After hearing hundreds of entrepreneurs pitch their ideas, I still can’t tell if the idea is a must-have or nice-to-have (see 5 Questions to Determine a Must-Have Product). In fact, I’ll never know as I’m not a domain expert in all the different markets and the best insight comes directly from customers. What I have figured out is that not having a must-have product is one of the top reasons for startup failure. No matter how great the team, and no matter how great the product, if the market doesn’t care about it, the startup won’t be a success.

Investors love to invest in great teams knowing that it’s hard to find a must-have product and most initial ideas are nice-to-have. The belief is that great teams have a stronger chance of pivoting the idea to a product that is a must-have. Ideally, the great team has selected a great market, and the opportunity to find a must-have product is high.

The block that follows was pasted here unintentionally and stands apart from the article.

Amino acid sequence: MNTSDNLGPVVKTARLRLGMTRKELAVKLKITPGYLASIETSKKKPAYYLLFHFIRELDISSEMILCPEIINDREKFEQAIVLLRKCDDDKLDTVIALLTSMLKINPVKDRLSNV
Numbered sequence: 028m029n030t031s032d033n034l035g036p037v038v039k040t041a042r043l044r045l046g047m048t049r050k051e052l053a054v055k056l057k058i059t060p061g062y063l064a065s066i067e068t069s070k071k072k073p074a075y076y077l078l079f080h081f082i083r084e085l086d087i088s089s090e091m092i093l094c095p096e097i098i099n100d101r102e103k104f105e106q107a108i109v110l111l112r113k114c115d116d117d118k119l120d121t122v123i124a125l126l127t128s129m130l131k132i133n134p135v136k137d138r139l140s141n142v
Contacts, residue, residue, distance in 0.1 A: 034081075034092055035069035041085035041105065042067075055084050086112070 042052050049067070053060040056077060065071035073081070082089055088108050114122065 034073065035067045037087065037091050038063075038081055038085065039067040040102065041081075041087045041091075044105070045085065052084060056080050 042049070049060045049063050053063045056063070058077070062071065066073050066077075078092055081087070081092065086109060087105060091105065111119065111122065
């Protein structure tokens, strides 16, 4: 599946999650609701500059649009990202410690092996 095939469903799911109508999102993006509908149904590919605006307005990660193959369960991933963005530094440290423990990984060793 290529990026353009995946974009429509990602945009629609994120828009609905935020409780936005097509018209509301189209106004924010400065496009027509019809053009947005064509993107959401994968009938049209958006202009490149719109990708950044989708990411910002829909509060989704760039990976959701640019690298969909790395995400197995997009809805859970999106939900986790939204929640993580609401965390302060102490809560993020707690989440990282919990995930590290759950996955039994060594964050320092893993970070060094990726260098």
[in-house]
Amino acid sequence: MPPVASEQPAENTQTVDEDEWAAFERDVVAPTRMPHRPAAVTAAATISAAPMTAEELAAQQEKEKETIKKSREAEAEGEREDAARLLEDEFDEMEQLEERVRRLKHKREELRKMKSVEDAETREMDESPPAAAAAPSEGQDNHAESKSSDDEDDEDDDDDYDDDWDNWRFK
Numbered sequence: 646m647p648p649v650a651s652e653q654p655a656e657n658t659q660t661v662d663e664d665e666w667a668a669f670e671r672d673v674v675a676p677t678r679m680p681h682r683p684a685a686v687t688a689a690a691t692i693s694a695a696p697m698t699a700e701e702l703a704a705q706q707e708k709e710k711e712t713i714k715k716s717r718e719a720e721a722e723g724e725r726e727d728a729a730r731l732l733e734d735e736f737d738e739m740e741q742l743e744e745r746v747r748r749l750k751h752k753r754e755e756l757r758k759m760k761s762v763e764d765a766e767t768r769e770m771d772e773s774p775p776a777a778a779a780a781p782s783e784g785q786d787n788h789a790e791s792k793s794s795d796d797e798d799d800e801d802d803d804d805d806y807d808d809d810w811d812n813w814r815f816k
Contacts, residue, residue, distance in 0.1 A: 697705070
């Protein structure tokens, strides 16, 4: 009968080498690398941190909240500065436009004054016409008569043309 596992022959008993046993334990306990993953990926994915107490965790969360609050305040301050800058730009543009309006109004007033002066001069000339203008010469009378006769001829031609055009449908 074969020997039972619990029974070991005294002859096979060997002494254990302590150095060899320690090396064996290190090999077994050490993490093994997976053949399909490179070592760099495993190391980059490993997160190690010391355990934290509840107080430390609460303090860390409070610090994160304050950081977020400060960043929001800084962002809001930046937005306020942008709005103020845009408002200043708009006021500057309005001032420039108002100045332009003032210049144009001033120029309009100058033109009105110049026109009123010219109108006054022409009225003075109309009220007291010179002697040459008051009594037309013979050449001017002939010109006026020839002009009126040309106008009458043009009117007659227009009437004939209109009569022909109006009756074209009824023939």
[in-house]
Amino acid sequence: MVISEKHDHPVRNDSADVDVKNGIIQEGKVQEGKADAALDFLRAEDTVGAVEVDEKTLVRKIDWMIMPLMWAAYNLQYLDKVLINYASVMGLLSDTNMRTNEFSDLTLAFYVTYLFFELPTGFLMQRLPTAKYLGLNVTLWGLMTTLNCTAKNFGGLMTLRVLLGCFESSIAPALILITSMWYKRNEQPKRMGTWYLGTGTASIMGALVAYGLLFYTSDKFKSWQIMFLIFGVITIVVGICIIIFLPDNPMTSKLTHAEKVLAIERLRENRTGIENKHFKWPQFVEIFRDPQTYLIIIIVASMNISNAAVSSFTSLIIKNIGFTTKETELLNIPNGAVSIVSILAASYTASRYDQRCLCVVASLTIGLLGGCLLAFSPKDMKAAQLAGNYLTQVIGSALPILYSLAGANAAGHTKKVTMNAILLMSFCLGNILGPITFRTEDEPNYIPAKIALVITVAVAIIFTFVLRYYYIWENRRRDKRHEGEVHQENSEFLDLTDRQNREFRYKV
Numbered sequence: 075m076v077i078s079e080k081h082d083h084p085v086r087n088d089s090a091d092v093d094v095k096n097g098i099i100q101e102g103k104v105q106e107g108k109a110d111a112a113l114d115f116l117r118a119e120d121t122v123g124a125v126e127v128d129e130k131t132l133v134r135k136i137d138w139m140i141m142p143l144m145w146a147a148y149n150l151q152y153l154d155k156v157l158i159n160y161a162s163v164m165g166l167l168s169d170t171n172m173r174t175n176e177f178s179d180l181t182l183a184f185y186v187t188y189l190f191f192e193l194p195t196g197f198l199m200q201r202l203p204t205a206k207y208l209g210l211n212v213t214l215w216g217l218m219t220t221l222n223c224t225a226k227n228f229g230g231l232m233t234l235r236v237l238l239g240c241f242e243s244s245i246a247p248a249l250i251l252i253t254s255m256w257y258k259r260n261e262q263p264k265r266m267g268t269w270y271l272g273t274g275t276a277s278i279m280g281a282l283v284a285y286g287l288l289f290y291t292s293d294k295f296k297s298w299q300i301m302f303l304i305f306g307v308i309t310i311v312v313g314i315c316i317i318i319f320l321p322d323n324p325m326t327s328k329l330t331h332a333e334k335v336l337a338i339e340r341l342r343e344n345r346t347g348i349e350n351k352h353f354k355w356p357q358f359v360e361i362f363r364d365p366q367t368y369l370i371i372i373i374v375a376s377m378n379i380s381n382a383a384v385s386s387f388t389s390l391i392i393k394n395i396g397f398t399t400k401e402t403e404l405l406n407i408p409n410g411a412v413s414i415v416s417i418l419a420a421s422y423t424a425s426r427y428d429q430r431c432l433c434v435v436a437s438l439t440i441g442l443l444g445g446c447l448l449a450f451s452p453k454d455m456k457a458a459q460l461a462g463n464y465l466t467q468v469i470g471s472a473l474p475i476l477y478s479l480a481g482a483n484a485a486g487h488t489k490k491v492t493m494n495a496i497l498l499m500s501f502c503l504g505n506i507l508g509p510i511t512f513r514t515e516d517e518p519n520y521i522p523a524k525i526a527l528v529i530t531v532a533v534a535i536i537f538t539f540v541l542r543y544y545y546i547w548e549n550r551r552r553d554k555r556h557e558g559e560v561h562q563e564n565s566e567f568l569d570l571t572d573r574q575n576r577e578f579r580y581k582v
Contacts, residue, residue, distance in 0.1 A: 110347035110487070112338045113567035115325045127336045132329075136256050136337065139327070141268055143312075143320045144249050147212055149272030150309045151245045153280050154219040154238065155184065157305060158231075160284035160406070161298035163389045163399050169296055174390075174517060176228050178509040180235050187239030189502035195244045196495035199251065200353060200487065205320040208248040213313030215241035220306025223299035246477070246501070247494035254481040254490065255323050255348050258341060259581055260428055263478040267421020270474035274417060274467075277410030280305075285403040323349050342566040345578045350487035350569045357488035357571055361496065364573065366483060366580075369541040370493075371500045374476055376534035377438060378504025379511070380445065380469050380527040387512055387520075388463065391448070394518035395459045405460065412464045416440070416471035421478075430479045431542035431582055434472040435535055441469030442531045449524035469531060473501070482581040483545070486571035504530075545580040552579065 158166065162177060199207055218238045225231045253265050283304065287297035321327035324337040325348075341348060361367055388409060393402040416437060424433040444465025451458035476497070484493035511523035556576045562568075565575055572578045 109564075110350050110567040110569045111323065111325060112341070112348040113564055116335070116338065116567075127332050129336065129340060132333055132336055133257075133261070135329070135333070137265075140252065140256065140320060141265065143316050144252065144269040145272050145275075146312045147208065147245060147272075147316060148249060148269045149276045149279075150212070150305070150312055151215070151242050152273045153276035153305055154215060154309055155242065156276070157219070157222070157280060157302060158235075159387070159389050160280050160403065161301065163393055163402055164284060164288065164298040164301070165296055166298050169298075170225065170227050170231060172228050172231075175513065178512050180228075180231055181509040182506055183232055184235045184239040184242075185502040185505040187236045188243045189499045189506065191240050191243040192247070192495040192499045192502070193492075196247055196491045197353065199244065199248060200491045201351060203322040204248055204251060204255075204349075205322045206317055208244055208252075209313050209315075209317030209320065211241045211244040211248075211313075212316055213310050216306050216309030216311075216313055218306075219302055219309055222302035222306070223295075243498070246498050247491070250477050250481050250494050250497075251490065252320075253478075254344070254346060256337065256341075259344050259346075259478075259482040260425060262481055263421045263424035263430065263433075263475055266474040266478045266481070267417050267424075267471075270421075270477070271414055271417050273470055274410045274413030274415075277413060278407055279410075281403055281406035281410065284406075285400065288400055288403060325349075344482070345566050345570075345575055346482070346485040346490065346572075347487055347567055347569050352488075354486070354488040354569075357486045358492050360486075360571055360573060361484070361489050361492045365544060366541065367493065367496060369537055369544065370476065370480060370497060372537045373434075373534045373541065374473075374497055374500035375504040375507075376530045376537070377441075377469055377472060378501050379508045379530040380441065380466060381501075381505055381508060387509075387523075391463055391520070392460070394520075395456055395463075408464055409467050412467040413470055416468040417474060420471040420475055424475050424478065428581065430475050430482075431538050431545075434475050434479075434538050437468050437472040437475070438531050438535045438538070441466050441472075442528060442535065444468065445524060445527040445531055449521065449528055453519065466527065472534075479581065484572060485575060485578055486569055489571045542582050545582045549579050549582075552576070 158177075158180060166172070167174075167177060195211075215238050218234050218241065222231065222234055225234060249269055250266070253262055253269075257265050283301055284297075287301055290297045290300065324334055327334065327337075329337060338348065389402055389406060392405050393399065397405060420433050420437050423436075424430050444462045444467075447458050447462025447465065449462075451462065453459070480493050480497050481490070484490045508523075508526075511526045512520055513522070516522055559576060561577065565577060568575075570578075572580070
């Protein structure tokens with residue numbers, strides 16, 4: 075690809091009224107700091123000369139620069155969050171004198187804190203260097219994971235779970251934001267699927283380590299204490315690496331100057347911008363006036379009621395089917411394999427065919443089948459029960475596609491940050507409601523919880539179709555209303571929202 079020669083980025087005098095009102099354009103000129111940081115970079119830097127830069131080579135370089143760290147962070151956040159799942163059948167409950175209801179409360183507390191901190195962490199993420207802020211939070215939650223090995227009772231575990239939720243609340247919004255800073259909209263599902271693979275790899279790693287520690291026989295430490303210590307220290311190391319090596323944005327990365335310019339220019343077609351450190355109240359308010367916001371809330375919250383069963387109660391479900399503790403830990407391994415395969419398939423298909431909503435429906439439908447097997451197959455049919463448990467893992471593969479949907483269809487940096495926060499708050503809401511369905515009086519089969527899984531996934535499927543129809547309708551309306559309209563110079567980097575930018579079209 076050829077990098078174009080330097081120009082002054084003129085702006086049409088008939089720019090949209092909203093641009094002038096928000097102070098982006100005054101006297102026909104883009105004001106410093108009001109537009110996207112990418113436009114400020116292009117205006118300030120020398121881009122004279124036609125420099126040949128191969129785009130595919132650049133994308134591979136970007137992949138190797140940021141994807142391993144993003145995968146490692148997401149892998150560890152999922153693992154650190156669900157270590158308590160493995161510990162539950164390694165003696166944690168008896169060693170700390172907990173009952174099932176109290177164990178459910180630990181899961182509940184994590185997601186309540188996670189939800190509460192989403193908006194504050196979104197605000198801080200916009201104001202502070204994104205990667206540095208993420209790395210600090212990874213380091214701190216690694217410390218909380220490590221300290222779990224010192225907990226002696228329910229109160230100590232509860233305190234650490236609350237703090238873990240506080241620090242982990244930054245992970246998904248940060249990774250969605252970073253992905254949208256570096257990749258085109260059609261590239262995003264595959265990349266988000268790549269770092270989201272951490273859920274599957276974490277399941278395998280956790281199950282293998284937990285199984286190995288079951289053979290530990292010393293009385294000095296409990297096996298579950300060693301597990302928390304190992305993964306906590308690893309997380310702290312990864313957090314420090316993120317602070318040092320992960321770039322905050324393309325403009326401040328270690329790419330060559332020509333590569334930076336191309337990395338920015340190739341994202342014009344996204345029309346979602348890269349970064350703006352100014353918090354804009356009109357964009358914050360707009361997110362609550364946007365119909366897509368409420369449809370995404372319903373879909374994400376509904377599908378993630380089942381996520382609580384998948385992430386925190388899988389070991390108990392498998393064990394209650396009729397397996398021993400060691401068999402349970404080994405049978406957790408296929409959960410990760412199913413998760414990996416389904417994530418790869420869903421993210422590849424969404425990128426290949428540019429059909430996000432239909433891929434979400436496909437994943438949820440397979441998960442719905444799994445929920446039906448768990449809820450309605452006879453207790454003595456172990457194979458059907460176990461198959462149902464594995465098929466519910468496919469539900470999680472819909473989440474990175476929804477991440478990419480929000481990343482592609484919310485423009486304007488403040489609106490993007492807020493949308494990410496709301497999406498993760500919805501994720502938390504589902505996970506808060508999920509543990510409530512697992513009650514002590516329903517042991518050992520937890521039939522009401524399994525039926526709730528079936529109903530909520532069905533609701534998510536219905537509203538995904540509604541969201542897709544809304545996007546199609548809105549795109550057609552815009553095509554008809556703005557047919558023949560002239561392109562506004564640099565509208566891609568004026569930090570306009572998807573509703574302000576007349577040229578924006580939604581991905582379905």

Think about the last three entrepreneurs you know that have failed. Now, think about their products. Were any of the products must-haves? Were the customers passionate about it? Was the value it created abundantly clear? Is using the product 10x better than going without the product? Chances are that all three of the entrepreneurs that failed had nice-to-have products.

Startup success is predicated on a must-have product. Choose the market wisely, and ensure the product is needed.

What else? What are some more thoughts on the idea that a must-have product is required for startup success and most startups have a nice-to-have product?